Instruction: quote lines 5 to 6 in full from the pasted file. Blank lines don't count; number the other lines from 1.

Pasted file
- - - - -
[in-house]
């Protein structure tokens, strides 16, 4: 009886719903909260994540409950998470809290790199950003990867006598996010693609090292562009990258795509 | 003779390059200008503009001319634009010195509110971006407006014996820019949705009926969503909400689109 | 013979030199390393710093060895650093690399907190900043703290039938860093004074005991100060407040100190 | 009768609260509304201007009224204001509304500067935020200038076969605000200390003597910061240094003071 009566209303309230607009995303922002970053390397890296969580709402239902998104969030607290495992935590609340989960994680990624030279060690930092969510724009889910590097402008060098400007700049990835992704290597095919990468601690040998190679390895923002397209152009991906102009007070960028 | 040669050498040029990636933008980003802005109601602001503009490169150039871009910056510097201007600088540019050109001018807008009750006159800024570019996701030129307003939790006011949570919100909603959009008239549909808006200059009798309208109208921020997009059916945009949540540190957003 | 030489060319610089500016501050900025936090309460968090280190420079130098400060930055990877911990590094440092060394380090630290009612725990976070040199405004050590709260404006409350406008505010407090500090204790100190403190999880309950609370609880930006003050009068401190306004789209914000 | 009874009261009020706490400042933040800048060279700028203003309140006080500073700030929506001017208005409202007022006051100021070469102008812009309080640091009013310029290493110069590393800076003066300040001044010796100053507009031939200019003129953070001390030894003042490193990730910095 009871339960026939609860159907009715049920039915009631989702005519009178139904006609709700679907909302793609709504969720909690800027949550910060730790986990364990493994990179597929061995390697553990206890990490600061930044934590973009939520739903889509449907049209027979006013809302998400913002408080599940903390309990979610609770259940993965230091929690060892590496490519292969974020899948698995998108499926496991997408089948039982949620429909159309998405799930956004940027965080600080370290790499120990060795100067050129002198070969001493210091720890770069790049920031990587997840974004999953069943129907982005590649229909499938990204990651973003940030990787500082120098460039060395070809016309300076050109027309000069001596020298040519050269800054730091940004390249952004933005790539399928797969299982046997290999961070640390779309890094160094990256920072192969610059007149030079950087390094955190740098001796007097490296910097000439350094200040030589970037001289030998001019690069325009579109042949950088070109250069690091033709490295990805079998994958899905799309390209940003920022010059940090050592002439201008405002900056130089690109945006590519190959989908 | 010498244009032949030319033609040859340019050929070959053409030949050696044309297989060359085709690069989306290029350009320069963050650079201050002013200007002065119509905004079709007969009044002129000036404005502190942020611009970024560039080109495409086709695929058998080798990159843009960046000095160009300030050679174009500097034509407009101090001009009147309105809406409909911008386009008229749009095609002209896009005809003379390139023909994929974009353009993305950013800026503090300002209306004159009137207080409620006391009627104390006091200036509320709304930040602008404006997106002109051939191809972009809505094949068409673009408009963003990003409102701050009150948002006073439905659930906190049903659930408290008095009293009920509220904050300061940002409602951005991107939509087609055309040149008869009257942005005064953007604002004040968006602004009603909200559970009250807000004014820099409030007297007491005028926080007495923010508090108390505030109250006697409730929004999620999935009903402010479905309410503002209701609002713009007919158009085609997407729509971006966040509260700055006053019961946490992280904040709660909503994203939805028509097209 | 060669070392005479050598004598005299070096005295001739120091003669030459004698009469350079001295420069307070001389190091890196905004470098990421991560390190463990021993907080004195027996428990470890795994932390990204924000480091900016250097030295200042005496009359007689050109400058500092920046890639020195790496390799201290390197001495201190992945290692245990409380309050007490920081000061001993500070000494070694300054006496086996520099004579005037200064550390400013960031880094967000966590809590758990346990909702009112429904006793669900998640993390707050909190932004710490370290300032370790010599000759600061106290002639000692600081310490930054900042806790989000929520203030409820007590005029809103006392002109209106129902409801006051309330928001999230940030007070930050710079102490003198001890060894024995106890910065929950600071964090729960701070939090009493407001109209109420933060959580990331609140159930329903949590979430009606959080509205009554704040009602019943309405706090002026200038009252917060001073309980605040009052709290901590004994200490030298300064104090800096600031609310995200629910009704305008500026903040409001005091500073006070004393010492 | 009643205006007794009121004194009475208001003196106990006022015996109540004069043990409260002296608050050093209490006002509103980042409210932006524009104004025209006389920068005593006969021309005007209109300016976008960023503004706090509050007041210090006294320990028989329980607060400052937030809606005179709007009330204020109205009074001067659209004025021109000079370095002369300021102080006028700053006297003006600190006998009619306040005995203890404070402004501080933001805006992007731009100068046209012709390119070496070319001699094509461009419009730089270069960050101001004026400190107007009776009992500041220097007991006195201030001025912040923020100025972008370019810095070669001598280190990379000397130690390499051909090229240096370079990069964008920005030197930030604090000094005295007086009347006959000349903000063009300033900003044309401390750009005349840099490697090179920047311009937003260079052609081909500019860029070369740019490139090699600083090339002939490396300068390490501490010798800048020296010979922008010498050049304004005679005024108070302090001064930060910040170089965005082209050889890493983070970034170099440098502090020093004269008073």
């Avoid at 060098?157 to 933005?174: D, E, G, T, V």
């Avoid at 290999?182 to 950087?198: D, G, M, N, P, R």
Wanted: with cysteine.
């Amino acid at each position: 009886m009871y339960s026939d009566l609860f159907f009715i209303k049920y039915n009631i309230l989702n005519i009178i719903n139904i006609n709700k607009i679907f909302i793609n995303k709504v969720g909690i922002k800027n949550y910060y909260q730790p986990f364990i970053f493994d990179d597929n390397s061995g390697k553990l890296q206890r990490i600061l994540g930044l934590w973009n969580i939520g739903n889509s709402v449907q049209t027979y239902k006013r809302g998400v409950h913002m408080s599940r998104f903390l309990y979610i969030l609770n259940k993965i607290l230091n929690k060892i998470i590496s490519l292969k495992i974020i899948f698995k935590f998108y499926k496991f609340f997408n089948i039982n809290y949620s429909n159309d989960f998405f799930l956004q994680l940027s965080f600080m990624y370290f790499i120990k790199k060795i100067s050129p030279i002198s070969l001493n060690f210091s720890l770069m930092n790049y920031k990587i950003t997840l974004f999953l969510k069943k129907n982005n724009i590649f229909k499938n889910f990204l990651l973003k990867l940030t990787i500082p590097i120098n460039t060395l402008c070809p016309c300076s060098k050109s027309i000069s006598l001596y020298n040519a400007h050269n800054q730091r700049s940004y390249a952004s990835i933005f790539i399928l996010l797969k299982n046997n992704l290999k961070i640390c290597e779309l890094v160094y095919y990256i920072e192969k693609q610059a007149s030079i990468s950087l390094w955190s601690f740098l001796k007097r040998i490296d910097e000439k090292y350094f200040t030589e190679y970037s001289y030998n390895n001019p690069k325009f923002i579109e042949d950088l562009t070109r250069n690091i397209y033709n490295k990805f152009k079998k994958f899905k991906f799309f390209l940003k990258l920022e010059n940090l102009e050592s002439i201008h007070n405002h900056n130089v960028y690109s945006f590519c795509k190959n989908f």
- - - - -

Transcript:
Wanted: with cysteine.
């Amino acid at each position: 009886m009871y339960s026939d009566l609860f159907f009715i209303k049920y039915n009631i309230l989702n005519i009178i719903n139904i006609n709700k607009i679907f909302i793609n995303k709504v969720g909690i922002k800027n949550y910060y909260q730790p986990f364990i970053f493994d990179d597929n390397s061995g390697k553990l890296q206890r990490i600061l994540g930044l934590w973009n969580i939520g739903n889509s709402v449907q049209t027979y239902k006013r809302g998400v409950h913002m408080s599940r998104f903390l309990y979610i969030l609770n259940k993965i607290l230091n929690k060892i998470i590496s490519l292969k495992i974020i899948f698995k935590f998108y499926k496991f609340f997408n089948i039982n809290y949620s429909n159309d989960f998405f799930l956004q994680l940027s965080f600080m990624y370290f790499i120990k790199k060795i100067s050129p030279i002198s070969l001493n060690f210091s720890l770069m930092n790049y920031k990587i950003t997840l974004f999953l969510k069943k129907n982005n724009i590649f229909k499938n889910f990204l990651l973003k990867l940030t990787i500082p590097i120098n460039t060395l402008c070809p016309c300076s060098k050109s027309i000069s006598l001596y020298n040519a400007h050269n800054q730091r700049s940004y390249a952004s990835i933005f790539i399928l996010l797969k299982n046997n992704l290999k961070i640390c290597e779309l890094v160094y095919y990256i920072e192969k693609q610059a007149s030079i990468s950087l390094w955190s601690f740098l001796k007097r040998i490296d910097e000439k090292y350094f200040t030589e190679y970037s001289y030998n390895n001019p690069k325009f923002i579109e042949d950088l562009t070109r250069n690091i397209y033709n490295k990805f152009k079998k994958f899905k991906f799309f390209l940003k990258l920022e010059n940090l102009e050592s002439i201008h007070n405002h900056n130089v960028y690109s945006f590519c795509k190959n989908f």